4. Drug inventory. What many pharmacies have lacked in this area are data. Often, the end result is a shelf full of drug inventory that may not be prescribed for weeks, months or ever. Using data from its pharmacy management systems and other sources, we can say a pharmacy with a particular profile should have a particular formulary on hand at any given moment. What the pharmacy saves on inventory costs can be reinvested in the new business model.

 5. Clinical services. Any pharmacy can offer any type of clinical service to its patients, whether that’s a vaccine program, disease management program or lifestyle counseling program. They’re available off-the-shelf and are almost cookie-cutter in their approach. It’s not about having more and more programs. It’s about having the right programs for the pharmacy’s patient population. That’s where data come in. Using data available from the pharmacy management system and complemented by data from a mobile health app and a patient engagement program, the pharmacy can focus on programs of most benefit to its patients based on health need, whether that’s cardiovascular, diabetes or mental health support. That approach also allows the pharmacy staff to develop expertise in a particular clinical area.

Reward pharmacy patients for healthy behaviors

Lessons from Canadian Independent Pharmacies on Data-Driven Innovation FactUnless a pharmacy gives its patients something different than competing on price with an online retailer that’s diversified into prescription drug sales and delivery, the pharmacy is putting itself at risk. That “something different” is a strong personal relationship with each patient, something that an online retailer or even a big-box retail pharmacy chain can’t provide.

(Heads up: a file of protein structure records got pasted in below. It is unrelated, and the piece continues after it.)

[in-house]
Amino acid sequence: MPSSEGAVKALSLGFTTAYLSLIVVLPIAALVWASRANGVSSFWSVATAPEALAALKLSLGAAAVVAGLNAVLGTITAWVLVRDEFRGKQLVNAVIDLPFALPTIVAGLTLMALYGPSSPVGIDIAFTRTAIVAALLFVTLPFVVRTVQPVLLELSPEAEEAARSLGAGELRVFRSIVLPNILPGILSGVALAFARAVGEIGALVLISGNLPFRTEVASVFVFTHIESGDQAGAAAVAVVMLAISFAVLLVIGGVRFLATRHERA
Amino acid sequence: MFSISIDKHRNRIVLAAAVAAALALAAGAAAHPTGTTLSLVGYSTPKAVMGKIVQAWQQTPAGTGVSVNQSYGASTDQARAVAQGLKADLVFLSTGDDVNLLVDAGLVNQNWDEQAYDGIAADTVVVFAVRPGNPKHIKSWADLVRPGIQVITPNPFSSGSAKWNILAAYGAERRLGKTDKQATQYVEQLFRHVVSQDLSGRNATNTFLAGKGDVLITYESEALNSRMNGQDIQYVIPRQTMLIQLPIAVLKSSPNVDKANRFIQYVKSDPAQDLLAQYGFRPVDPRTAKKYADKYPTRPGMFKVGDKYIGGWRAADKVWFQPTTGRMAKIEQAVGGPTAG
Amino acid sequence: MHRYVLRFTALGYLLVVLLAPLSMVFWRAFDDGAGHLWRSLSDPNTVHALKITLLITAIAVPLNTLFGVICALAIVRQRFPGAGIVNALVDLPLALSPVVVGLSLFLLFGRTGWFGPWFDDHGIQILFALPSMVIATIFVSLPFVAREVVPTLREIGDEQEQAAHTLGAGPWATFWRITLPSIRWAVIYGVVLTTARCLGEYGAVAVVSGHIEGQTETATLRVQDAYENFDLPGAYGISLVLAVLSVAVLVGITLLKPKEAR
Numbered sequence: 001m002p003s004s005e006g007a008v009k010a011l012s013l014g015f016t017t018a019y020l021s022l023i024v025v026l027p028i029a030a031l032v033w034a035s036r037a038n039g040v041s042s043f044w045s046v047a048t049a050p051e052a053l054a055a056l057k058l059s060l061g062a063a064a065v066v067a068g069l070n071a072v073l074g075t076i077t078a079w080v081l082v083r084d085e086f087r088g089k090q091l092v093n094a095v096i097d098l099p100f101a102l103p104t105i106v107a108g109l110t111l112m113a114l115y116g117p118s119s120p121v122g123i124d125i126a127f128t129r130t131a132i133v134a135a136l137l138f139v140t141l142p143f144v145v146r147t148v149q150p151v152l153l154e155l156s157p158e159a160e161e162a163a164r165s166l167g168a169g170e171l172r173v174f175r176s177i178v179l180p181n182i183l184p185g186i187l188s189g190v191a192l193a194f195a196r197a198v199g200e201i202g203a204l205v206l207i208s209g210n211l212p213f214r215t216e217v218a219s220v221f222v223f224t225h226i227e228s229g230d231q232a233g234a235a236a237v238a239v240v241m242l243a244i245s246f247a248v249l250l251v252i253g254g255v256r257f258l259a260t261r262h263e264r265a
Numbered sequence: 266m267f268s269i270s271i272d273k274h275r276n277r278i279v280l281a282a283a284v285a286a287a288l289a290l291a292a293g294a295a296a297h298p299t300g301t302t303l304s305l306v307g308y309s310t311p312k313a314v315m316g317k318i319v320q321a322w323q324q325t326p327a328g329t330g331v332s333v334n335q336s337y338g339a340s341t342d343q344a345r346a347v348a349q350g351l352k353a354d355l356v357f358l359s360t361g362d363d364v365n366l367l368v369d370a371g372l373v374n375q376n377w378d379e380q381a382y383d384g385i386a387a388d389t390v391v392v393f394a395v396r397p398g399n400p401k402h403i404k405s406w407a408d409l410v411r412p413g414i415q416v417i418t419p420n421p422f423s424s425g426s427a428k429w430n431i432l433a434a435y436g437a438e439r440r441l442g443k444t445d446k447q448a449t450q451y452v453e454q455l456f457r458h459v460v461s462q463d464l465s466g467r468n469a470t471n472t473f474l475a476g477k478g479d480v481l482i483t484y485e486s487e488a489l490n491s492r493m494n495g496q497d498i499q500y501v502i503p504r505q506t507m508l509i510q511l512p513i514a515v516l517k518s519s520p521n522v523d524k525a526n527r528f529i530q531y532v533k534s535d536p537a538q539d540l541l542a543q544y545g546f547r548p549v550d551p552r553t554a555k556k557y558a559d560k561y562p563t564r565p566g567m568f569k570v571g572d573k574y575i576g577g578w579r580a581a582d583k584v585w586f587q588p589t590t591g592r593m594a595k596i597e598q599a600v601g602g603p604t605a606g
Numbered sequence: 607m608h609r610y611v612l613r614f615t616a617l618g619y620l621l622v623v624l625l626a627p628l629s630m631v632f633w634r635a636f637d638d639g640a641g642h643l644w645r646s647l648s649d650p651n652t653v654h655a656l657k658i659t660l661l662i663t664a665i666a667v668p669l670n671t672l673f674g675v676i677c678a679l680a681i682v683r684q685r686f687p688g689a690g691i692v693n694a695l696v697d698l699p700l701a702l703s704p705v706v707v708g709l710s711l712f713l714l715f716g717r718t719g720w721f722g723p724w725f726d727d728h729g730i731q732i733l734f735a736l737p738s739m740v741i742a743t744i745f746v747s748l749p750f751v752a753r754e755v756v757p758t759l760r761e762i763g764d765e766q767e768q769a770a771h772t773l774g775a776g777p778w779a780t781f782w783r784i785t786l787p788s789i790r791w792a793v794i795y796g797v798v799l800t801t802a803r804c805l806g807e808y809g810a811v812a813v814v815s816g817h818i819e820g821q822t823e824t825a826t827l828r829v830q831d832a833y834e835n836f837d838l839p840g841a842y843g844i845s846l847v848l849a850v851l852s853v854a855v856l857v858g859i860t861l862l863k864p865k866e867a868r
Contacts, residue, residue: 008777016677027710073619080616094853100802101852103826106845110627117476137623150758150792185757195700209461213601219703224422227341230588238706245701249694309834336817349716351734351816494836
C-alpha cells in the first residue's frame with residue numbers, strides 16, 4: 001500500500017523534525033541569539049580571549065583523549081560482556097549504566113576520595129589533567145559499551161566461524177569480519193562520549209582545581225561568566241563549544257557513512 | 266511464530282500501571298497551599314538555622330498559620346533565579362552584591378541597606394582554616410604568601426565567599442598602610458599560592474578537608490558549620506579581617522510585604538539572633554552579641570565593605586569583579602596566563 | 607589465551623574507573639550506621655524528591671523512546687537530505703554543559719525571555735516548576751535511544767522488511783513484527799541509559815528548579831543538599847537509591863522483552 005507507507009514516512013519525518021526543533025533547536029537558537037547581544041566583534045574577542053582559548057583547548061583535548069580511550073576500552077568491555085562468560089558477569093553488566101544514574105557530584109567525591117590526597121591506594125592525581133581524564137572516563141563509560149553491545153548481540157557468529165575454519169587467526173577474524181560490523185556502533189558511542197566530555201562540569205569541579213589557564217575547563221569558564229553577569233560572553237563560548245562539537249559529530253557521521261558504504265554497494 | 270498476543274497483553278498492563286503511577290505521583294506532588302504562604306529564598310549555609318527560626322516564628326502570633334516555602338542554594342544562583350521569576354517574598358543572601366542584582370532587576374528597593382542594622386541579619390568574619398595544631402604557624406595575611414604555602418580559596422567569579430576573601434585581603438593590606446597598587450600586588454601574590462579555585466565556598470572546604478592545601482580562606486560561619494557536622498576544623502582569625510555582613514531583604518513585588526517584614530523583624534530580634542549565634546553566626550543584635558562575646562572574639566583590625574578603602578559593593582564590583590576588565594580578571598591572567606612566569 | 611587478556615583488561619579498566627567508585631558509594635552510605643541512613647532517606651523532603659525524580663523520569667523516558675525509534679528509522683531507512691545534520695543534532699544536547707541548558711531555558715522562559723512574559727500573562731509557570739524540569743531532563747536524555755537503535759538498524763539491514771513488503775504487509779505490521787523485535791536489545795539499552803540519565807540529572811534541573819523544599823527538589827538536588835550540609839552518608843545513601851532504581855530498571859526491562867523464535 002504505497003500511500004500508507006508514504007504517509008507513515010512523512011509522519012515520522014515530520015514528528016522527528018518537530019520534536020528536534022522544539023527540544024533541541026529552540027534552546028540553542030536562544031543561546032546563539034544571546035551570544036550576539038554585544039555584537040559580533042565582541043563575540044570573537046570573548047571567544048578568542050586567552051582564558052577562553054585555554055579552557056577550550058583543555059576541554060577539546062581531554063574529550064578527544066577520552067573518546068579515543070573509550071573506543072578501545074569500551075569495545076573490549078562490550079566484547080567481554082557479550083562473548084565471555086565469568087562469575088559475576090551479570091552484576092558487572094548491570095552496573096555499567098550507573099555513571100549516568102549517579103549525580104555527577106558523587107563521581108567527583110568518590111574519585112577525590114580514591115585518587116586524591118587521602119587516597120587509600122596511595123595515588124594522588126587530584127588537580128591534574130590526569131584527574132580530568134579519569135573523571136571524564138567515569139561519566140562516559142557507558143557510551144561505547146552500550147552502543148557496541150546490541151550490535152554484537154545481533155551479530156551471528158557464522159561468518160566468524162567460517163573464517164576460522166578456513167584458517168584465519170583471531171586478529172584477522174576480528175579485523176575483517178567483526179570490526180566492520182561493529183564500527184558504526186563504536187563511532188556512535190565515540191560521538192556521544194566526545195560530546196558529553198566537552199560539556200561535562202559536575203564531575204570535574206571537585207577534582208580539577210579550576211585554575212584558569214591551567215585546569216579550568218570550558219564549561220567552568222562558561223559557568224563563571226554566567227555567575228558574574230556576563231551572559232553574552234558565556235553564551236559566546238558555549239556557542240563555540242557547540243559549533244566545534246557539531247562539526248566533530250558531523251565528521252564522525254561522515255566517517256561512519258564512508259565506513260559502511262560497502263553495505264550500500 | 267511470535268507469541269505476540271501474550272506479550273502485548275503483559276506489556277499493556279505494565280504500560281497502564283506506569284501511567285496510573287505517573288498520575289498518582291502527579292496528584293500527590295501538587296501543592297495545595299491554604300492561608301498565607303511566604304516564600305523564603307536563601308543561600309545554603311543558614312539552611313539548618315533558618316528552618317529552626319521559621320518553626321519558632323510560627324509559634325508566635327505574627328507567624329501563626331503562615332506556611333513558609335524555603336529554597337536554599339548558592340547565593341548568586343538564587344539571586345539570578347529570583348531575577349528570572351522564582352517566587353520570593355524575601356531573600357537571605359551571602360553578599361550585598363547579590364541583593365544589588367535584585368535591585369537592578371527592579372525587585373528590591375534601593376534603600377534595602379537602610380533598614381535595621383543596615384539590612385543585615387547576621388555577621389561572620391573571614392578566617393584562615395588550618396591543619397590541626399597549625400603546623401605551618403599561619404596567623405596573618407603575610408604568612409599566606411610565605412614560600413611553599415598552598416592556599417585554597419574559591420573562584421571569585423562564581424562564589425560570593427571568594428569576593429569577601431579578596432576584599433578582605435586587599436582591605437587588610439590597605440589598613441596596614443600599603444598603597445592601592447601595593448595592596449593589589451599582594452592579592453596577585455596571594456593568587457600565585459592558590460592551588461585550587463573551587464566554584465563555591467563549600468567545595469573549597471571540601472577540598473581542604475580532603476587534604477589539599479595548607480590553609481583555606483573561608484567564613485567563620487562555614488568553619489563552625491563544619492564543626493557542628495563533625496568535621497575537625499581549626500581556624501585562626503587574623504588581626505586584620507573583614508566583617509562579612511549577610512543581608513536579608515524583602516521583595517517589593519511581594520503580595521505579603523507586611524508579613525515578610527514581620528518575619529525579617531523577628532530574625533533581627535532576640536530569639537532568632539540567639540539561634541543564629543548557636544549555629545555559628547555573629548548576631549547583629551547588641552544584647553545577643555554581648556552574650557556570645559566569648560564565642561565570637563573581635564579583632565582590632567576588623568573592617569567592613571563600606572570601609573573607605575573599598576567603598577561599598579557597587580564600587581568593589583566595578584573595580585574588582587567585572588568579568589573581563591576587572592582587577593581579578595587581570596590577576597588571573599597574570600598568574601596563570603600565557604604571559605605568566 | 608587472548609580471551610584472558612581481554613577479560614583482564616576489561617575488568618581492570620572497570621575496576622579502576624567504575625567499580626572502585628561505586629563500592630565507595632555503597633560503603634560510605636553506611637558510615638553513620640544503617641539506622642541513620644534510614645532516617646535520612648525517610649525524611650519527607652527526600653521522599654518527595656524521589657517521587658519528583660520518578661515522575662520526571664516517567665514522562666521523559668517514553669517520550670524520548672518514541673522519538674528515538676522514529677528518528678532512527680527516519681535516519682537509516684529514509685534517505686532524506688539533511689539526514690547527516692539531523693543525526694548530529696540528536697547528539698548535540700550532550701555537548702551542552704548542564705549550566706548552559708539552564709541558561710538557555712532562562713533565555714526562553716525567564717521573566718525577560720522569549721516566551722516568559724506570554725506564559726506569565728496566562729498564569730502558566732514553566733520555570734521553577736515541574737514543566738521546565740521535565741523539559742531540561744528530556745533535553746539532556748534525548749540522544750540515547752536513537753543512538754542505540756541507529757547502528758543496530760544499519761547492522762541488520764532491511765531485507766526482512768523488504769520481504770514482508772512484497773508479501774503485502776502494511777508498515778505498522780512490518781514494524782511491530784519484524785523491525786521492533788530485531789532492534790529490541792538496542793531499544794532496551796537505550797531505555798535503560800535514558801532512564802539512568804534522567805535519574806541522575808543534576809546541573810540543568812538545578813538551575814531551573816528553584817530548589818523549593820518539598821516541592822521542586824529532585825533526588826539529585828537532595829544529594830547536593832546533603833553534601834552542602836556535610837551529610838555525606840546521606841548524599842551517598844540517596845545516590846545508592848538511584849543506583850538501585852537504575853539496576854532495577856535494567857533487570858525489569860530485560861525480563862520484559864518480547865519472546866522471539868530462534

We work with our pharmacies in Canada to develop those strong personal relationships with each patient using two primary tools: a patient engagement program and a mobile health app.

We’re piloting a patient engagement program that rewards patients for healthy activities. Most pharmacy loyalty programs give customers rewards based on purchases—spend $100 and get a $10-off coupon. Instead, our program triggers rewards for use of digital tools that foster good therapeutic behaviors. A patient is rewarded for using the pill reminder function on their app, booking an appointment to synchronize their medication, and being more adherent to their drug therapy . What we’re trying to do is drive health and wellness on the front and back end, with the pharmacy being the facilitator of both.

Deploy a mobile app to support patient engagement

A new mobile app ties directly into the patient engagement program and feeds data into the pharmacy management system. Patients can use the app for the basics like tracking their medication histories, ordering prescription refills, scheduling prescription pickups and making appointments for clinical services. Patients can also use the app to manage their participation in the engagement program.

All the while, the app is collecting data and feeding them into the pharmacy management system. The pharmacy can use that data two ways:

  • Macro level. The first is on a macro level to learn more about its patient base and whether it’s offering the right mix of services for that base. It also will learn what’s working and not working in terms of services and whether it should merchandize itself differently.
  • Micro level.  The second is on a micro level to develop individual medication and health profiles for each patient. The profiles provide the information the pharmacy needs to build that strong personal relationship with each patient.

The days of throwing everything at everybody are over. Pharmacies can no longer send candy promotions to diabetic patients. Instead, they should be sending applicable diabetic information and offers to them.

Ultimately, the key performance indicator for this new data-driven business model is whether the pharmacy made the patient and his or her family healthier. If the answer is yes, it will be operating a successful business whether that’s in Canada or the U.S.

Related: Learn more about McKesson Canada’s services for independent pharmacies

Rick Brennan

About the author

Rick Brennan is senior vice president in the Retail Banner Group for McKesson Canada.  In his current role, Rick is responsible for all McKesson Canada independent pharmacy banners including Guardian, IDA, Remedy’sRx, Medicine Shoppe, Proxim and Uniprix. Rick is also responsible for the retail banner shared service group that supports the banner network. Rick has been in retail and the pharmacy industry for over 35 years, and with McKesson Canada for 17 years. Prior to his time at McKesson Canada, Rick worked for Shoppers Drug Mart. He is a graduate of Saint Thomas University in Fredericton, New Brunswick and Concordia University in Montreal.